National Coming Out Day -Coming Out Still Matters

Ade: So, 11th October is celebrated as National Coming Out Day and the theme for this year is ‘Coming Out Still Matters’ – what does that theme mean to you?

Darren: For me ‘coming out’ represents something different from the ‘one off’ event many of us consider it. I think that every day we make choices of whether we allow ourselves to be seen and I consider these moments ‘coming out moments’. So it may be talking about our partners, about wanting to find a boyfriend, a book we are reading or even something about a hobby we have. It can be subtle moments where we are faced with a choice – shall I be expressed or shall I divert, go silent, retreat. Continue Reading →

Journeying with The Quest

In December 2012, Gabriel participated in  The Quest Weekend Exploration Workshop. Here he reflects on his journey with The Quest.

Despite being a lot in my head, sometimes I take decisions without thinking too much; I just jump into the water. The Quest was such a case!

Late last year, a friend invited me to the book launch of ‘Love Me As I Am: gay men reflect on their lives‘, which appealed to me because it showed something I could easily relate to – my difficulties in growing up gay. That same evening, when I arrived home, I registered for the next available workshop with The Quest; no further questions asked. Continue Reading →

Reflections on Robbie Rogers Coming Out

“Breaking that silence means emerging from the closet of shame. To proclaim oneself openly as gay is, above all else, to come out of shame – profoundly, to break the silence. This is why the term “Coming Out “ is a shame metaphor’ – Gershen Kaufman and Lev Raphael (Coming Out of Shame – Transforming Gay and Lesbian Lives)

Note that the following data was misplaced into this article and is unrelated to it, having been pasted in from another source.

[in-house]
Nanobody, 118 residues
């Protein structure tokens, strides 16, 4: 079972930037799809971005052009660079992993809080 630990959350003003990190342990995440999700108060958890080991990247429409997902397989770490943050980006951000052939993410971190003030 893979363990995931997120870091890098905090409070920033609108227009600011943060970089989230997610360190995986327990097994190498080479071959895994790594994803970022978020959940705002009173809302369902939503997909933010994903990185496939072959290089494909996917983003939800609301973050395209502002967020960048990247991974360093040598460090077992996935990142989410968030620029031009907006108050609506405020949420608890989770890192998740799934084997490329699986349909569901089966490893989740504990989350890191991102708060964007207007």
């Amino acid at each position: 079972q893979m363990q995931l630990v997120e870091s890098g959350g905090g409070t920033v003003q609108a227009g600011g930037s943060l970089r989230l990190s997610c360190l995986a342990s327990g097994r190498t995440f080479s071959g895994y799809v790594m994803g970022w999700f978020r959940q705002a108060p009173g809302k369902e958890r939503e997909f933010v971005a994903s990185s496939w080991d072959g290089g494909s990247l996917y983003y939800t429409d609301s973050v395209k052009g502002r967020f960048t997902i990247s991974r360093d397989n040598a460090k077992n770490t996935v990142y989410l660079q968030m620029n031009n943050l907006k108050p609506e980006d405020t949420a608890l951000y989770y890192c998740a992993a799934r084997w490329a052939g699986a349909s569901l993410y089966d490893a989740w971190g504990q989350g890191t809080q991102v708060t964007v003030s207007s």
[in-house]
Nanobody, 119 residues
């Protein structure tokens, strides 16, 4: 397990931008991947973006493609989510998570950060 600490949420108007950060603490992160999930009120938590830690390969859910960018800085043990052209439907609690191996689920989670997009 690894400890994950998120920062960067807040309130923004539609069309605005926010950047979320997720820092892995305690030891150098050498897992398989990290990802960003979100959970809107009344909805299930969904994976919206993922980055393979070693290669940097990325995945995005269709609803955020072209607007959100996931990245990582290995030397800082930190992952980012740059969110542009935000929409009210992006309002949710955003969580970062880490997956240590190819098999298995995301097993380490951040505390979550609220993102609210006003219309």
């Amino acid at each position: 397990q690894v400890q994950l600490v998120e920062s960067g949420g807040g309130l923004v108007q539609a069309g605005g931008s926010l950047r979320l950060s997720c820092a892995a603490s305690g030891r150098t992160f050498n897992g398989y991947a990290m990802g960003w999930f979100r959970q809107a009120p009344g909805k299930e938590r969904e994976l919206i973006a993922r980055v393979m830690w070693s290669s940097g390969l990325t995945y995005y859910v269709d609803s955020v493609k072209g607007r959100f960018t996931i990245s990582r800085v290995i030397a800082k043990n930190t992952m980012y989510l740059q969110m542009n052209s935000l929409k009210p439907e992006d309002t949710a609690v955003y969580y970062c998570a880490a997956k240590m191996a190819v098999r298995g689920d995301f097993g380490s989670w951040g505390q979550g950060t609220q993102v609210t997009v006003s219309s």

I remember being a closeted 22 year old, when the footballer Justin Fashanu came out in 1990. It was the talk of the office, as we all watched from the sidelines to see how the story would unfold. Sadly, that story did not have a happy ending, for whilst Justin had taken the bold and courageous step to come out, he was not met by a world ready to embrace a footballer, who happened to be gay. Regardless of how that story concluded, I continue to be inspired by the courage displayed by Justin, and his story certainly gave me the courage to eventually come out and live my life as an openly gay man.

Robbie RogersYesterday, almost 23 years after Justin became the first openly gay footballer associated with English football, another footballer came out as gay. The player in question was 25 year old, US born Robbie Rogers, who had played for the US and Leeds United. Whilst Justin’s coming out had provided the tabloid press with stories reinforcing certain stereotypes of gay men around the issue of sex, Robbie’s coming out was very different, as he took us on a journey that many gay men travel, in their quest to live an authentic life. Robbie showed us what lies beneath the surface of the masks that many gay men have learnt to wear. In his note, Robbie says –

“Things are never what they seem….. My whole life I have felt different, different from my peers and even different from my family………” Continue Reading →

Coming Out at 48

Mark, a recent participant of The Quest Weekend Exploration Workshop, shares the journey of him coming to terms with his sexuality – and coming out as a gay man, later in life.

1967b BidefordI first noticed I might be relating to the world differently from many other boys when I was very young. My friends at infant school were girls rather than boys. I was timid and avoided the ‘rough and tumble’ play of other boys. Even although as a slightly older child most of my friendships shifted to being with boys, I naturally befriended those who were gentle, more imaginative and more cerebral.  In those early years I also began to sense that not liking team sports, or not wanting to put myself in physical danger, meant that I was not conforming with what the world expected of ‘proper boys’. Although I could see I was not alone in these tendencies, a ‘mis-match’ was definitely becoming apparent. Unbeknown to me, even at this early age, my shame began to insidiously influence my self-perception and behaviour. Continue Reading →